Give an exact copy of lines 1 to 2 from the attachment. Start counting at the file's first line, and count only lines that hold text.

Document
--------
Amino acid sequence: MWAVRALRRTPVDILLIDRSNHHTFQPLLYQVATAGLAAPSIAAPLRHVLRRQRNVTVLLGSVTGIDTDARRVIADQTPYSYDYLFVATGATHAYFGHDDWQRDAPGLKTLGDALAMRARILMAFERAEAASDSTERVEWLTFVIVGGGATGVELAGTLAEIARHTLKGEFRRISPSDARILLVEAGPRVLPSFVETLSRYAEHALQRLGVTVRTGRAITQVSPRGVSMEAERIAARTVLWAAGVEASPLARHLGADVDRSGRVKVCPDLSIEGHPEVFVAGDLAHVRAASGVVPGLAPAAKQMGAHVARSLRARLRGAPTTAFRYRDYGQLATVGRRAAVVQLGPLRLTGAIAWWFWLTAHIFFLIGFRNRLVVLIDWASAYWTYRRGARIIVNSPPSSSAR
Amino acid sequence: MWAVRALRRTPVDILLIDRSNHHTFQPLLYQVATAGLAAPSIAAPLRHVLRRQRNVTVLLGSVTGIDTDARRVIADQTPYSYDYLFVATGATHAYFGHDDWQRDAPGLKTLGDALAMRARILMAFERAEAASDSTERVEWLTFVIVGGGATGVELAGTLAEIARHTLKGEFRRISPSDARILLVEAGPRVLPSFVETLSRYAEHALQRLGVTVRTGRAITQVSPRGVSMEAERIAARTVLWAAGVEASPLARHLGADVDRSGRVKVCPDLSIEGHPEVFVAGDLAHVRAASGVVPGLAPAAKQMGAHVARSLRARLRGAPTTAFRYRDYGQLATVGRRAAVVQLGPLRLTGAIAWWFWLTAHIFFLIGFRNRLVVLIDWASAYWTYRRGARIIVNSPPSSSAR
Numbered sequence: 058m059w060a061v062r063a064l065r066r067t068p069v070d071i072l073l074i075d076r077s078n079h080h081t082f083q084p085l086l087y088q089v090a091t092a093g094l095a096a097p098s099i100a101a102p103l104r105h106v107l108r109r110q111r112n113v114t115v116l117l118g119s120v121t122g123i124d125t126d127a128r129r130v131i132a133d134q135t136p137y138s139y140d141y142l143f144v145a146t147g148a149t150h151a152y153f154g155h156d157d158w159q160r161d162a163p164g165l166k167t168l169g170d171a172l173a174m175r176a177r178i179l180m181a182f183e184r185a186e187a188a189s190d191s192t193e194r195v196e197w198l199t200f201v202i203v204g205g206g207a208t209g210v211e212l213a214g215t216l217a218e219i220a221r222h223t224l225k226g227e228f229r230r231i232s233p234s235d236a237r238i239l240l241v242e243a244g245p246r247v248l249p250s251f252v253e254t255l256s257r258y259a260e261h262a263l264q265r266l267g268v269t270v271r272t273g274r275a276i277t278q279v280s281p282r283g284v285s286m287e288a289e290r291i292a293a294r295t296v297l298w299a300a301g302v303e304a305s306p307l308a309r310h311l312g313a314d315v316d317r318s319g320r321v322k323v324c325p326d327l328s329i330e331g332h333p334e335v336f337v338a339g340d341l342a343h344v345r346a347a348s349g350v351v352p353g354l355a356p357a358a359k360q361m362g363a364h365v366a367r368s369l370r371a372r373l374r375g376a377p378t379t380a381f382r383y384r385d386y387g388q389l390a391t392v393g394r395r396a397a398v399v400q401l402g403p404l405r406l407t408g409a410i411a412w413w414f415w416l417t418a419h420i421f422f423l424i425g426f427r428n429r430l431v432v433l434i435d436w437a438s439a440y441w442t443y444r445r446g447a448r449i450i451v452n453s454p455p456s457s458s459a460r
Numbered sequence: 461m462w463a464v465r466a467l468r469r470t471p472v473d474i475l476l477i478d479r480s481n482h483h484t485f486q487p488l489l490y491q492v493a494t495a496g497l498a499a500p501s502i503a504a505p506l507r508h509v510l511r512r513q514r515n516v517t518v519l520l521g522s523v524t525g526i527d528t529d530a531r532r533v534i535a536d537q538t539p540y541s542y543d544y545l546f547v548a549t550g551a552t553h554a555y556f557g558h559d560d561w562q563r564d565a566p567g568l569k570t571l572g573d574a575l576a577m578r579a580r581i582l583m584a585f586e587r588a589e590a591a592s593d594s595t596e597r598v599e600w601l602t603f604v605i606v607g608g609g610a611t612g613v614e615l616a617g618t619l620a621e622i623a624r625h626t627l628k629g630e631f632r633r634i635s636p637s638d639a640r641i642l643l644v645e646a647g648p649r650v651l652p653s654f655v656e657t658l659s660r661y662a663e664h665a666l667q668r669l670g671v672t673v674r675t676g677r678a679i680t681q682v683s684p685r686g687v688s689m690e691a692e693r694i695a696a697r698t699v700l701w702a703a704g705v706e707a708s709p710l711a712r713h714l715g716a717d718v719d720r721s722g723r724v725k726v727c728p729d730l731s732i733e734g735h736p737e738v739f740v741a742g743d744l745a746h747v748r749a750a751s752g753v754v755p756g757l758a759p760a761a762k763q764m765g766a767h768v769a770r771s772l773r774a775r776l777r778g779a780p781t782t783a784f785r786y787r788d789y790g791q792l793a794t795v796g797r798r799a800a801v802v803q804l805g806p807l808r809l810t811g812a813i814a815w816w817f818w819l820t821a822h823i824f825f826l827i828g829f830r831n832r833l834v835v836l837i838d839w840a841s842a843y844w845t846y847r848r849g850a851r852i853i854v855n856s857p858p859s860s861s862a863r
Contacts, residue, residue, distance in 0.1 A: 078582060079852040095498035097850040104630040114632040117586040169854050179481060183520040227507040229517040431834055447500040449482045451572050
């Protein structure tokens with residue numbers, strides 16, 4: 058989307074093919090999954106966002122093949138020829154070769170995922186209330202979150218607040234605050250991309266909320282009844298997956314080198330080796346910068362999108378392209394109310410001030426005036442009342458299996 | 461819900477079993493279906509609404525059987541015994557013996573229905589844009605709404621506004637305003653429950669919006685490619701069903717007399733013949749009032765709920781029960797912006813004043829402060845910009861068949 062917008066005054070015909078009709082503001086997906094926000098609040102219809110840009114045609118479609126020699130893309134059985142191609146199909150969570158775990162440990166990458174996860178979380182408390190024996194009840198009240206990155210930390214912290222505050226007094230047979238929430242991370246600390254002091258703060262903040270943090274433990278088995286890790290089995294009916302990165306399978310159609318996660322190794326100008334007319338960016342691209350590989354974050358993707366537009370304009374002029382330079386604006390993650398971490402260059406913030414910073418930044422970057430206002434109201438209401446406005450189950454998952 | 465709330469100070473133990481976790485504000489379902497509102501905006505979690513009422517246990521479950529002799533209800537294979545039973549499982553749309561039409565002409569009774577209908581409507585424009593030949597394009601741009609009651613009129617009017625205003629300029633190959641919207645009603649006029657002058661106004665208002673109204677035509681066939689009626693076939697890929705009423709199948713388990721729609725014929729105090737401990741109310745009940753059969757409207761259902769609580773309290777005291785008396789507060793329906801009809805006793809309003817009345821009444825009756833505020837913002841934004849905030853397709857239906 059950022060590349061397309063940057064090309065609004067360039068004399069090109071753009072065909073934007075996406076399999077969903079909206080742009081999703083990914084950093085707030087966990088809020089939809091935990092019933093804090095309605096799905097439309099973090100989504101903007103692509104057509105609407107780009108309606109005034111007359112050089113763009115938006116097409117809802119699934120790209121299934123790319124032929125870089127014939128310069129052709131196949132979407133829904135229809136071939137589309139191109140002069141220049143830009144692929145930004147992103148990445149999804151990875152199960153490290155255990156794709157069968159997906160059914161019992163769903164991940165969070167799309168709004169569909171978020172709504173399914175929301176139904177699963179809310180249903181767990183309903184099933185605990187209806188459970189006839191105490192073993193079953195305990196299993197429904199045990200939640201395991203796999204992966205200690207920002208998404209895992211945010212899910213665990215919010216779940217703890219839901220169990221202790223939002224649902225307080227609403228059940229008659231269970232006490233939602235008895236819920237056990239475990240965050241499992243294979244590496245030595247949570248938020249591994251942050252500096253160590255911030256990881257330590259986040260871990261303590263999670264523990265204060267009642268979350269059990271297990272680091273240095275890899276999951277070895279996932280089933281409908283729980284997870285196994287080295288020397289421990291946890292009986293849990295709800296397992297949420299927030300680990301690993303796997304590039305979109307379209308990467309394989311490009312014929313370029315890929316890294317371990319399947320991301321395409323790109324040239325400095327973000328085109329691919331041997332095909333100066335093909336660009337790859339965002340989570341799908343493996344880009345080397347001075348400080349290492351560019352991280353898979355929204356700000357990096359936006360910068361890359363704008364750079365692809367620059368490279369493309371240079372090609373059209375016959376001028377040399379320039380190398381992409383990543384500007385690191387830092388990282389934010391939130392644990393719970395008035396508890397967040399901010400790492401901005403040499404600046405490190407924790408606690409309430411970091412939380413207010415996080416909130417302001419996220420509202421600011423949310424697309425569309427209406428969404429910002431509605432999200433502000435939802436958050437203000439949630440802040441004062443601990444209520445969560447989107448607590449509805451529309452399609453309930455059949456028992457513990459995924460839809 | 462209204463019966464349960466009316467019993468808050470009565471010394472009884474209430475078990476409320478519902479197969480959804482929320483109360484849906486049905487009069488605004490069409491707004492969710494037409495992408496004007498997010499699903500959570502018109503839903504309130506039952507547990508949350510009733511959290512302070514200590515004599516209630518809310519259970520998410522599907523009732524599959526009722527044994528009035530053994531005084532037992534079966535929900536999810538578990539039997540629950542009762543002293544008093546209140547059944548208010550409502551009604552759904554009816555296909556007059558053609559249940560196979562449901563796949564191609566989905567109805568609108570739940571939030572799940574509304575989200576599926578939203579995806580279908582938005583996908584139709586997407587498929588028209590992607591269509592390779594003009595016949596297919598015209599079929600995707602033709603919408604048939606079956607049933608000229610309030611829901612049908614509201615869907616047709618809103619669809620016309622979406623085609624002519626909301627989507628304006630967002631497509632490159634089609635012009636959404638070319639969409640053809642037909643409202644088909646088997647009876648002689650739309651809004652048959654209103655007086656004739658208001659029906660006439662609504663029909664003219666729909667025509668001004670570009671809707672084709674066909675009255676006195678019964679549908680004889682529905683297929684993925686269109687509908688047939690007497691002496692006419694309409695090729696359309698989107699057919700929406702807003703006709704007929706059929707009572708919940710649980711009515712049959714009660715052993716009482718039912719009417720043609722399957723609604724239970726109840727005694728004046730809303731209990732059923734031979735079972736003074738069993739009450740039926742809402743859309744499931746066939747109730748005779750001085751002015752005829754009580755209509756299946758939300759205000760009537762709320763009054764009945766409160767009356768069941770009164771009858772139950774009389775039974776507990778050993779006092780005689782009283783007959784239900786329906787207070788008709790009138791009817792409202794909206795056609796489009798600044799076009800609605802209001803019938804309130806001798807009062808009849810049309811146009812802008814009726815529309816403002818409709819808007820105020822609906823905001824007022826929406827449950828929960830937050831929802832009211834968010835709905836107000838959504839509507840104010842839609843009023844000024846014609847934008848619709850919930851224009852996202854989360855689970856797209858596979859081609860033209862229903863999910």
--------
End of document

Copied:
Amino acid sequence: MWAVRALRRTPVDILLIDRSNHHTFQPLLYQVATAGLAAPSIAAPLRHVLRRQRNVTVLLGSVTGIDTDARRVIADQTPYSYDYLFVATGATHAYFGHDDWQRDAPGLKTLGDALAMRARILMAFERAEAASDSTERVEWLTFVIVGGGATGVELAGTLAEIARHTLKGEFRRISPSDARILLVEAGPRVLPSFVETLSRYAEHALQRLGVTVRTGRAITQVSPRGVSMEAERIAARTVLWAAGVEASPLARHLGADVDRSGRVKVCPDLSIEGHPEVFVAGDLAHVRAASGVVPGLAPAAKQMGAHVARSLRARLRGAPTTAFRYRDYGQLATVGRRAAVVQLGPLRLTGAIAWWFWLTAHIFFLIGFRNRLVVLIDWASAYWTYRRGARIIVNSPPSSSAR
Amino acid sequence: MWAVRALRRTPVDILLIDRSNHHTFQPLLYQVATAGLAAPSIAAPLRHVLRRQRNVTVLLGSVTGIDTDARRVIADQTPYSYDYLFVATGATHAYFGHDDWQRDAPGLKTLGDALAMRARILMAFERAEAASDSTERVEWLTFVIVGGGATGVELAGTLAEIARHTLKGEFRRISPSDARILLVEAGPRVLPSFVETLSRYAEHALQRLGVTVRTGRAITQVSPRGVSMEAERIAARTVLWAAGVEASPLARHLGADVDRSGRVKVCPDLSIEGHPEVFVAGDLAHVRAASGVVPGLAPAAKQMGAHVARSLRARLRGAPTTAFRYRDYGQLATVGRRAAVVQLGPLRLTGAIAWWFWLTAHIFFLIGFRNRLVVLIDWASAYWTYRRGARIIVNSPPSSSAR